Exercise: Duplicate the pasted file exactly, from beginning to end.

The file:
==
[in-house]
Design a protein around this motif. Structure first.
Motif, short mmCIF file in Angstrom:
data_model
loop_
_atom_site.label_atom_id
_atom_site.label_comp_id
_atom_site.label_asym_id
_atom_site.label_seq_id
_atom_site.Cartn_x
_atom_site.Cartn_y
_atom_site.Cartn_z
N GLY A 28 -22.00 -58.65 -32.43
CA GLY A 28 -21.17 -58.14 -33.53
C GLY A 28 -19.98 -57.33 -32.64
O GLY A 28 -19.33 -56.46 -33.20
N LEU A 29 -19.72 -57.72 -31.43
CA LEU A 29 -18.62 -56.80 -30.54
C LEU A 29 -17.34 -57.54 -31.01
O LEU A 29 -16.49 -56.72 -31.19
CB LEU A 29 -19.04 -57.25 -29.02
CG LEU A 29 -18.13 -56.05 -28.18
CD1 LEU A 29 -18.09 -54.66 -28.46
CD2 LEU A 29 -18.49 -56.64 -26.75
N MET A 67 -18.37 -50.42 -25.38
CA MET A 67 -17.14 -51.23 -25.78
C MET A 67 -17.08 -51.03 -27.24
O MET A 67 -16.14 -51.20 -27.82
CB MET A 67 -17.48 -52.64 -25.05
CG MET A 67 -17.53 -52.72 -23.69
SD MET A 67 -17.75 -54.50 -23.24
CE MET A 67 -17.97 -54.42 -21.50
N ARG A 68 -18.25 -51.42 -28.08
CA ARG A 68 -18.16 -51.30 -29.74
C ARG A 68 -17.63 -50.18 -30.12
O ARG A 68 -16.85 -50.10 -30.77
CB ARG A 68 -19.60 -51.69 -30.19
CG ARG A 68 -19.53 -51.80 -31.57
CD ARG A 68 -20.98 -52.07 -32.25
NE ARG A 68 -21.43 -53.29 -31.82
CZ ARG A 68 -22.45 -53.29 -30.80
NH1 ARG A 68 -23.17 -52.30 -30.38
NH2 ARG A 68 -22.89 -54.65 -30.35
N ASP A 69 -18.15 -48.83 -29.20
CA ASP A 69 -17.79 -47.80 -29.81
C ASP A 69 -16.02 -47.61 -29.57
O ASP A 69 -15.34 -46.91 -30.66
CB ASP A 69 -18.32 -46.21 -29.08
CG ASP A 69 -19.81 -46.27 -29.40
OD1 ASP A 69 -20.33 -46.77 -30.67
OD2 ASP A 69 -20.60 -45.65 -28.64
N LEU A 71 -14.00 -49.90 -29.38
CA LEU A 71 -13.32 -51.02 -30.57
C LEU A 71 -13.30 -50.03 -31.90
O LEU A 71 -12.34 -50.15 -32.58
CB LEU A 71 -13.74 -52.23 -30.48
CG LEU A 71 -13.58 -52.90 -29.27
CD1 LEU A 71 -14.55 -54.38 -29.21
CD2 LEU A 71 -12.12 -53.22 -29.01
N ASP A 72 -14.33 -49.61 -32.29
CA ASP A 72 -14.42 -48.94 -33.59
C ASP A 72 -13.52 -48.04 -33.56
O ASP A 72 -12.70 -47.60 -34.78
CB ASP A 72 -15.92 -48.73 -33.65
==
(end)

[in-house]
Design a protein around this motif. Structure first.
Motif, short mmCIF file in Angstrom:
data_model
loop_
_atom_site.label_atom_id
_atom_site.label_comp_id
_atom_site.label_asym_id
_atom_site.label_seq_id
_atom_site.Cartn_x
_atom_site.Cartn_y
_atom_site.Cartn_z
N GLY A 28 -22.00 -58.65 -32.43
CA GLY A 28 -21.17 -58.14 -33.53
C GLY A 28 -19.98 -57.33 -32.64
O GLY A 28 -19.33 -56.46 -33.20
N LEU A 29 -19.72 -57.72 -31.43
CA LEU A 29 -18.62 -56.80 -30.54
C LEU A 29 -17.34 -57.54 -31.01
O LEU A 29 -16.49 -56.72 -31.19
CB LEU A 29 -19.04 -57.25 -29.02
CG LEU A 29 -18.13 -56.05 -28.18
CD1 LEU A 29 -18.09 -54.66 -28.46
CD2 LEU A 29 -18.49 -56.64 -26.75
N MET A 67 -18.37 -50.42 -25.38
CA MET A 67 -17.14 -51.23 -25.78
C MET A 67 -17.08 -51.03 -27.24
O MET A 67 -16.14 -51.20 -27.82
CB MET A 67 -17.48 -52.64 -25.05
CG MET A 67 -17.53 -52.72 -23.69
SD MET A 67 -17.75 -54.50 -23.24
CE MET A 67 -17.97 -54.42 -21.50
N ARG A 68 -18.25 -51.42 -28.08
CA ARG A 68 -18.16 -51.30 -29.74
C ARG A 68 -17.63 -50.18 -30.12
O ARG A 68 -16.85 -50.10 -30.77
CB ARG A 68 -19.60 -51.69 -30.19
CG ARG A 68 -19.53 -51.80 -31.57
CD ARG A 68 -20.98 -52.07 -32.25
NE ARG A 68 -21.43 -53.29 -31.82
CZ ARG A 68 -22.45 -53.29 -30.80
NH1 ARG A 68 -23.17 -52.30 -30.38
NH2 ARG A 68 -22.89 -54.65 -30.35
N ASP A 69 -18.15 -48.83 -29.20
CA ASP A 69 -17.79 -47.80 -29.81
C ASP A 69 -16.02 -47.61 -29.57
O ASP A 69 -15.34 -46.91 -30.66
CB ASP A 69 -18.32 -46.21 -29.08
CG ASP A 69 -19.81 -46.27 -29.40
OD1 ASP A 69 -20.33 -46.77 -30.67
OD2 ASP A 69 -20.60 -45.65 -28.64
N LEU A 71 -14.00 -49.90 -29.38
CA LEU A 71 -13.32 -51.02 -30.57
C LEU A 71 -13.30 -50.03 -31.90
O LEU A 71 -12.34 -50.15 -32.58
CB LEU A 71 -13.74 -52.23 -30.48
CG LEU A 71 -13.58 -52.90 -29.27
CD1 LEU A 71 -14.55 -54.38 -29.21
CD2 LEU A 71 -12.12 -53.22 -29.01
N ASP A 72 -14.33 -49.61 -32.29
CA ASP A 72 -14.42 -48.94 -33.59
C ASP A 72 -13.52 -48.04 -33.56
O ASP A 72 -12.70 -47.60 -34.78
CB ASP A 72 -15.92 -48.73 -33.65